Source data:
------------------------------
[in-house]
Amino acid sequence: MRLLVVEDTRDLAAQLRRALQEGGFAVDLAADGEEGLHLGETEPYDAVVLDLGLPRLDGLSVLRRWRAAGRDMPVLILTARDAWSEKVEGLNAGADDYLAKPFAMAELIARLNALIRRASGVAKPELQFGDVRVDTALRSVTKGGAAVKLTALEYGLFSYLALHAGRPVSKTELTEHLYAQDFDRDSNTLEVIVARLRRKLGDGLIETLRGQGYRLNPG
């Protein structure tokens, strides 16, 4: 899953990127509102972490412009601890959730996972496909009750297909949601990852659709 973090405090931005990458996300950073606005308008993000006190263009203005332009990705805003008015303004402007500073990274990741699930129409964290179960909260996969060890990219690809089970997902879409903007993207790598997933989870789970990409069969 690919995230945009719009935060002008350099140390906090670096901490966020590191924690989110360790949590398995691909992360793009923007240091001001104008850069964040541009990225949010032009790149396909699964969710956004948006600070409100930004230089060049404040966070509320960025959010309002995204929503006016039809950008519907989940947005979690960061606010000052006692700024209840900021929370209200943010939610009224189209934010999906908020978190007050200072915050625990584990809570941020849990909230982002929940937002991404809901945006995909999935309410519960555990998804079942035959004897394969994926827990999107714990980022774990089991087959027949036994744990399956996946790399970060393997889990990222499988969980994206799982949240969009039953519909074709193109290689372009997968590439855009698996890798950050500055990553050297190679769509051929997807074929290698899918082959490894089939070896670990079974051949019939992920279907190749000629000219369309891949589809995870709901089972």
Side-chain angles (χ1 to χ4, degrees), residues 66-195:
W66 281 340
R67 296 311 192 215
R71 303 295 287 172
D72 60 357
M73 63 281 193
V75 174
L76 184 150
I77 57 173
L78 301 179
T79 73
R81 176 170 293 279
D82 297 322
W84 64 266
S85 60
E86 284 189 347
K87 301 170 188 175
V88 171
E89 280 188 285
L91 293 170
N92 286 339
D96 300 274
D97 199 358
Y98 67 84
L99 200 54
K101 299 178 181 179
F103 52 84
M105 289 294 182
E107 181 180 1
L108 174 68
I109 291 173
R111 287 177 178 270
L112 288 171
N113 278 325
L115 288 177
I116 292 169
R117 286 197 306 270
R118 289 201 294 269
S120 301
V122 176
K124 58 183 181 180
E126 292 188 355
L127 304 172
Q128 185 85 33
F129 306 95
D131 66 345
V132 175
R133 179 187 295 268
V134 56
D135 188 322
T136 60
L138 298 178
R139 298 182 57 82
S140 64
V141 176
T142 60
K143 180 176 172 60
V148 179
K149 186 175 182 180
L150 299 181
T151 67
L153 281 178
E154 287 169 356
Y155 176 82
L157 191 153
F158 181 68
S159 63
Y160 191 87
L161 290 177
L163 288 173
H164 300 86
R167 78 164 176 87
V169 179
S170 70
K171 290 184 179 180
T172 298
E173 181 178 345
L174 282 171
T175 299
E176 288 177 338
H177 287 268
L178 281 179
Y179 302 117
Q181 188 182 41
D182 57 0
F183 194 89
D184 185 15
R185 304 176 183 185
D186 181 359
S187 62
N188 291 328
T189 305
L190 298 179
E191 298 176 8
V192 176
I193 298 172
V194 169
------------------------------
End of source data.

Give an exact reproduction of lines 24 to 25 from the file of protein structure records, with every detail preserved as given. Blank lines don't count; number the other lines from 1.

N92 286 339
D96 300 274